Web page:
The arrest follows a court decision that appears to have bypassed the troubled company's bankruptcy protection.
World Fuel Services (WFS) Friday arrested a Hanjin Shipping (Hanjin) vessel in Korea, following a court decision that appears to have bypassed the troubled company's bankruptcy protection, Korea Joongang Daily reports.
The vessel in question is the Hanjin Xiamen, which is currently docked in Changwon, with data from VesselsValue.com indicating the 6,655 teu capacity 2007-built Post Panamax box ship is worth $14.93 million.
The Changwon District Court decision to allow the arrest came after WFS argued that the vessel was not technically "owned" by Hanjin and therefore could not be considered an asset, rather, the vessel was only "beneficially owned" by them and registered to a special purpose entity established in Panama.
Kim In-hyeon, a professor at Korea University Law School
We can't say the court's ruling is wrong, but it seems the court was too considerate of the creditor's position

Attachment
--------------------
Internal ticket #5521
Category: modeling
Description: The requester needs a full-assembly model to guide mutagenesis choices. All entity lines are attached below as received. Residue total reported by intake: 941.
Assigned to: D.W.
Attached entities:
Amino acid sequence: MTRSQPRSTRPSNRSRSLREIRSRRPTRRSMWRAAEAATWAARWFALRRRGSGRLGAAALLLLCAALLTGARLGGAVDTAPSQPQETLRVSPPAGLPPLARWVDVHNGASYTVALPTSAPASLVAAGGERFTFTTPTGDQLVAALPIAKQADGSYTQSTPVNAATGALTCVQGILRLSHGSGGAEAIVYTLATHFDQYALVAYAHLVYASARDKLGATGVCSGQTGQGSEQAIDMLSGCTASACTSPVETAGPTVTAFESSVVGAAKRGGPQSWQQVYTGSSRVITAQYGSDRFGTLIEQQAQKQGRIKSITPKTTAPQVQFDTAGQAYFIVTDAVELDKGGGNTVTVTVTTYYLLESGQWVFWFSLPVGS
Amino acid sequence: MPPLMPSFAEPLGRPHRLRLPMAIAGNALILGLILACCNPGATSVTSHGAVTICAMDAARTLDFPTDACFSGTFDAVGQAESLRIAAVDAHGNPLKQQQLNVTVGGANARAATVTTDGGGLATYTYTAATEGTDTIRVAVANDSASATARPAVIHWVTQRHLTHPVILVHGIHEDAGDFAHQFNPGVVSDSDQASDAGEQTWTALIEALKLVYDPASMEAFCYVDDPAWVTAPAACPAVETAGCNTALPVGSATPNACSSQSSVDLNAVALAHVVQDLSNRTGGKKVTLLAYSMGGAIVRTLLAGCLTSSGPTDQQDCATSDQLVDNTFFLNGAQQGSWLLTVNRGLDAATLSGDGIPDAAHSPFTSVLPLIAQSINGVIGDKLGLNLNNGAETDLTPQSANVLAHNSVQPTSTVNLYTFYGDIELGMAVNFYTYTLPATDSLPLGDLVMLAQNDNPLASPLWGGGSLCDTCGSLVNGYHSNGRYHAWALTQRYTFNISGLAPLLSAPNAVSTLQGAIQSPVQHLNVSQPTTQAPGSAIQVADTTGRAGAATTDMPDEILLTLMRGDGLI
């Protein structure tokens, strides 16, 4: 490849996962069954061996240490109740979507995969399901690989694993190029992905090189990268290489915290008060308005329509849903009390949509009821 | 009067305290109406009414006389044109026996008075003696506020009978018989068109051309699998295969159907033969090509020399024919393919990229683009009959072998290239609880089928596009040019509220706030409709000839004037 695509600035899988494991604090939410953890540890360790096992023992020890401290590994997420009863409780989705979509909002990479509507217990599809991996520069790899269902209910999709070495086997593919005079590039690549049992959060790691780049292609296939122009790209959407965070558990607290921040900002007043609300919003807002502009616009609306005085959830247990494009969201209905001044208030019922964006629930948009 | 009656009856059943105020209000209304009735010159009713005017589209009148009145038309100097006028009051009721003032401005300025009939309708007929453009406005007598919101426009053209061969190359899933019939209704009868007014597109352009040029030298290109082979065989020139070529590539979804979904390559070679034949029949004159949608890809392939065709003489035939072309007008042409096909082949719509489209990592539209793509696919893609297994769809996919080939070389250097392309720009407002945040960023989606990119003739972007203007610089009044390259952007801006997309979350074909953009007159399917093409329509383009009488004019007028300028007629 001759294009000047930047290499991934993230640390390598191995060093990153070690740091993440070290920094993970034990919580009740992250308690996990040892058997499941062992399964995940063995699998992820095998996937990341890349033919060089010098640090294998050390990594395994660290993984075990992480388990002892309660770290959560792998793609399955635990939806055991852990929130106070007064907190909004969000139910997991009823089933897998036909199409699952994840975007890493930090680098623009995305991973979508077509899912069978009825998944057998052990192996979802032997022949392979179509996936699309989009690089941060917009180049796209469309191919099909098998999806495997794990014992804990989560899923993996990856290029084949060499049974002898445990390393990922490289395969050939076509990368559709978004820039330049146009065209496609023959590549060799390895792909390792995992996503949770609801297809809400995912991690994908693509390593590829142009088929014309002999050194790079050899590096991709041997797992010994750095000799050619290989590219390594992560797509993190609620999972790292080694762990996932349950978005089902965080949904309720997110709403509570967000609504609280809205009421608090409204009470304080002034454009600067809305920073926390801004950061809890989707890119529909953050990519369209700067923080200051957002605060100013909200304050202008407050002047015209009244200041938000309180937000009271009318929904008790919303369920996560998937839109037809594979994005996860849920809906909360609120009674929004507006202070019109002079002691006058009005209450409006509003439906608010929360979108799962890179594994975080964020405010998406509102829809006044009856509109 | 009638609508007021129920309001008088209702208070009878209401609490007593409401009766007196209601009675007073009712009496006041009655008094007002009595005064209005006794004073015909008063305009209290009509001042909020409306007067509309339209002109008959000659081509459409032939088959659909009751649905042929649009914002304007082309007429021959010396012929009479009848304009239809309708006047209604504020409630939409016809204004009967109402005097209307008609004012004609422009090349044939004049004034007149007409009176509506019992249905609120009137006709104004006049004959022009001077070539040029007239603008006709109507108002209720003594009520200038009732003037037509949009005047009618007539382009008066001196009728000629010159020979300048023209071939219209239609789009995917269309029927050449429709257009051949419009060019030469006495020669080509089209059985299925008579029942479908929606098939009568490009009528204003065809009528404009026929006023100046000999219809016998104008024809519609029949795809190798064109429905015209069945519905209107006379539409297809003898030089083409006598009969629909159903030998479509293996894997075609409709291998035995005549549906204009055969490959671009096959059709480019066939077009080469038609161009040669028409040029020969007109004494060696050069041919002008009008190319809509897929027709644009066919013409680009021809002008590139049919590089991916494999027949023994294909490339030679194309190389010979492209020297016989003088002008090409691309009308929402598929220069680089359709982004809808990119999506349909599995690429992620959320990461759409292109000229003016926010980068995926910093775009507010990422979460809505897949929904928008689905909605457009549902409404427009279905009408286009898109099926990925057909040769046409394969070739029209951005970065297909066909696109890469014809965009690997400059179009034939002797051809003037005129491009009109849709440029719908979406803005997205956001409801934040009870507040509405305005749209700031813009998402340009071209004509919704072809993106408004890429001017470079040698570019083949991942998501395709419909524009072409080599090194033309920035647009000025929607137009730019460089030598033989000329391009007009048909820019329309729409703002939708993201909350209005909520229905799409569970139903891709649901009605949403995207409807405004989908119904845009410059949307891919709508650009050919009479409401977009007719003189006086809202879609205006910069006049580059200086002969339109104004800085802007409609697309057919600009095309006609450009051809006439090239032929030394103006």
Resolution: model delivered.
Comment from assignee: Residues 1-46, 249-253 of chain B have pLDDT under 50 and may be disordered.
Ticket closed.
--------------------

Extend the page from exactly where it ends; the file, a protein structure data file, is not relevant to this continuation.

According to the report, the original court protection did not specify whether both owned and beneficially owned vessels were covered, leaving the district court in Changwon to interpret that the Hanjin Xiamen belonged to the owner on paper - a decision seen as harsh by some observers.
"In the stay order imposed by Singapore, it includes beneficially-owned ships as subject to the order," Kim In-hyeon, a professor at Korea University Law School was quoted as saying.
"We can't say the court's ruling is wrong, but it seems the court was too considerate of the creditor's position."
Hanjin has filed an appeal and a decision on the matter is expected by Thursday, but the worry now is this could lead to many more arrests using the same argument.
For its part, in total World Fuel Services is owed Won 24.5 billion ($21.7 million) by Hanjin, according to records released detailing the claims of around 3,000 of the shipping company's creditors.